A couple of folks at Flying Lab are putting together armies, and Rick is game (as always). In the short run I’m going to use the many elves I have from other games to get playing. In the long run I’ll probably scale up Rohan and Easterling skirmish forces into full armies.

Arise, arise, Riders of Theoden!
Fell deeds awake: fire and slaughter!
Spear shall be shaken, shield be splintered,
A sword-day, a red day, ere the sun rises!
Ride now, ride now! Ride to Gondor!

Secrets Revealed

As you likely have read already, we announced our mystery license today and it is Dragon Age: Origins, BioWare’s upcoming fantasy CRPG. I will be talking more about the game over the coming months, but I thought I’d start by going through the clues I sent out over the past week via Twitter and Facebook. They certainly led to some lively discussion, but here’s what I had in mind when I came up with them.

“Next week we herald the beginning of a new age.”
The new age is the Dragon Age, of course. I even thought about adding a second sentence to this with the word dragon in it, but I didn’t want to give the game away on the first clue. “New Age” is also a song by punk legends D.O.A. and both the band and BioWare are Canadian but that’s just a coincidence.

“Something old, something new, something needed, something overdue.”
Here I was getting at the nature of the game and what I’m trying to do with it. The pen & paper game shares some structure with the computer game, but uses its own system. “Something old” refers to the class and level nature of the game, which go back to the dawn of RPGs. “Something new” is the system I buit using it and other structural elements of the computer game. As for “something needed,” I was talking about a really good intro game for new roleplayers. I don’t think D&D; has had that since the early 80s (hence “something overdue”) and the tabletop roleplaying hobby needs new blood. It is not a coincidence that the first release is a boxed set.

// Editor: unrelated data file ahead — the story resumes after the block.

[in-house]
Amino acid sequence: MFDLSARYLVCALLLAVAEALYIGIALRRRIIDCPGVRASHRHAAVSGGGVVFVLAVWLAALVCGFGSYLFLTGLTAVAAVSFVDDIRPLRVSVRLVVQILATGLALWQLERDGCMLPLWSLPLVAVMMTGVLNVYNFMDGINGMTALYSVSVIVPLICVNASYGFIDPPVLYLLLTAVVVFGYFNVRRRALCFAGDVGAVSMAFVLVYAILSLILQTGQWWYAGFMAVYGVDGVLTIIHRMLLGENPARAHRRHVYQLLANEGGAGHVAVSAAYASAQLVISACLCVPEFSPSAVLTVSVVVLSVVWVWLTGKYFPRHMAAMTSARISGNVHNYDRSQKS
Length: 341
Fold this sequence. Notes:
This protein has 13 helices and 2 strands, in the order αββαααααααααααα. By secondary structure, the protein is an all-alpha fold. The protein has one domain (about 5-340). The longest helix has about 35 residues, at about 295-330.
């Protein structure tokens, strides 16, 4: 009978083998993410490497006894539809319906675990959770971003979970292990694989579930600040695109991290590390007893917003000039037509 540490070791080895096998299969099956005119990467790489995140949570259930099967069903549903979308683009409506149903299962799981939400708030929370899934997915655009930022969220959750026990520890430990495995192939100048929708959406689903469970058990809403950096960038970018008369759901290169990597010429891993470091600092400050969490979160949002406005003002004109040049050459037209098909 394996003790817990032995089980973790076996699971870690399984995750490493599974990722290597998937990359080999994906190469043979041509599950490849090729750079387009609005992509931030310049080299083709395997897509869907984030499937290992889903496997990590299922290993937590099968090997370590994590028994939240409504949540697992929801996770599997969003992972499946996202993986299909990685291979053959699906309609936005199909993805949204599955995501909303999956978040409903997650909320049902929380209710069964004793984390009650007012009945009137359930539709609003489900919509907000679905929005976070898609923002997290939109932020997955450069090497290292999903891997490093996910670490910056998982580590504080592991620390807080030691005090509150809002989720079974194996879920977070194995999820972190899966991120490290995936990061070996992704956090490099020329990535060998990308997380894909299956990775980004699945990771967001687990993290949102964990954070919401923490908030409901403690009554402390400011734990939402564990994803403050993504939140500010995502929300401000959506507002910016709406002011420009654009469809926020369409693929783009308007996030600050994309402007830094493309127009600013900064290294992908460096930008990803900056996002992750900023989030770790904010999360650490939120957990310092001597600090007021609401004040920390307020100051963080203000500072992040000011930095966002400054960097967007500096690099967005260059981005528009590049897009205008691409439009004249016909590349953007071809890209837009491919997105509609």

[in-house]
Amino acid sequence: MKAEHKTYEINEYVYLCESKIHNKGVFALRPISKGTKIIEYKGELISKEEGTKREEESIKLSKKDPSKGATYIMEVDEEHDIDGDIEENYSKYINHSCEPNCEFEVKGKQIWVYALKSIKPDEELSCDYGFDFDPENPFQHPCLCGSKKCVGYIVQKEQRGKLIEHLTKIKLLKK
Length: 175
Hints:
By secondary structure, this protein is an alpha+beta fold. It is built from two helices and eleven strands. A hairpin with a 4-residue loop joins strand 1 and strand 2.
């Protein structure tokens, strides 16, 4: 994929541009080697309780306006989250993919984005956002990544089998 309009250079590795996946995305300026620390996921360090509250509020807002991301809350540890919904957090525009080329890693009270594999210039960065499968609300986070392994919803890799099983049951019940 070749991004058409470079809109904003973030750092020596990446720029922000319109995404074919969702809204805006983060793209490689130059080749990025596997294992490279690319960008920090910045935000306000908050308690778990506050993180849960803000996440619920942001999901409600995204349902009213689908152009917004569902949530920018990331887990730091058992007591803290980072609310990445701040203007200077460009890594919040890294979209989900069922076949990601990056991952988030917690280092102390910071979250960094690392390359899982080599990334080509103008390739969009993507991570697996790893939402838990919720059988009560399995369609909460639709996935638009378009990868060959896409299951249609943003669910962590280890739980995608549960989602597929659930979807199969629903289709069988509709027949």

“You’ll find great adventure beyond the gate.”
Here I was referring to BioWare’s Baldur’s Gate, one of the best CRPGs of all time. Dragon Age: Origins is the “spiritual successor” of Baldur’s Gate, with all that implies. It is the next step, a journey beyond the gate.

“If you want to be a knight, you better be prepared to earn it.”
You get two clues for the price of one here. First, knights in the realm of Ferelden (where Dragon Age: Origins takes place) can win the title through their deeds. In the tabletop game you will not start as a knight, but you can strive to become one. Second, this is an oblique reference to Knights of the Old Republic, another classic BioWare game for meatbags like you.

“No time for a day or rest when the world is imperiled.”
Another reference to the Dragon Age setting. There are those who do not believe that the threat to Ferelden is so serious, and they of course are gravely mistaken. I posted this on a Sunday, and meant to type “day of rest.” I realized later I had actually typed “day or rest” but I let it stand that way. Figured it couldn’t hurt to be more mysterious!

“Few believe the threat is real. Will there be mass hysteria when the truth can no longer be denied?”
This is similar to the previous clue, but allowed me to use the phrase “mass hysteria.” The pertinent reference is Mass Effect, yet another awesome BioWare game. “Mass Hysteria” is also a classic old punk rock song by Social Distortion, which has nothing to do with Dragon Age but it made me smile.

Now all the secrets have been revealed, I need to get back to finishing the game!


I have mentioned a few times this year that I’ve been working on a new licensed game. Well, the clock is finally ticking down to when I can talk about, and I mean that literally. We have a countdown clock to the announcement going on I’ve also been sending out some cryptic hints on Twitter (@GreenRoninPub) and Facebook. This has caused some interesting speculation on various forums. Some good guesses but also some that are far from the mark. To whit:

“Green Ronin is going 4e!” After all the long and ridiculous saga of the GSL, do you really think we’d suddenly reverse ourselves?

“Green Ronin is going to do the 4E version of True20.” We don’t even know what that means.

“He said gate. It must be Stargate.” C’mon, I’m not that obvious.

Yes, I know, I’m teasing you, but not for much longer. Only a few days to go.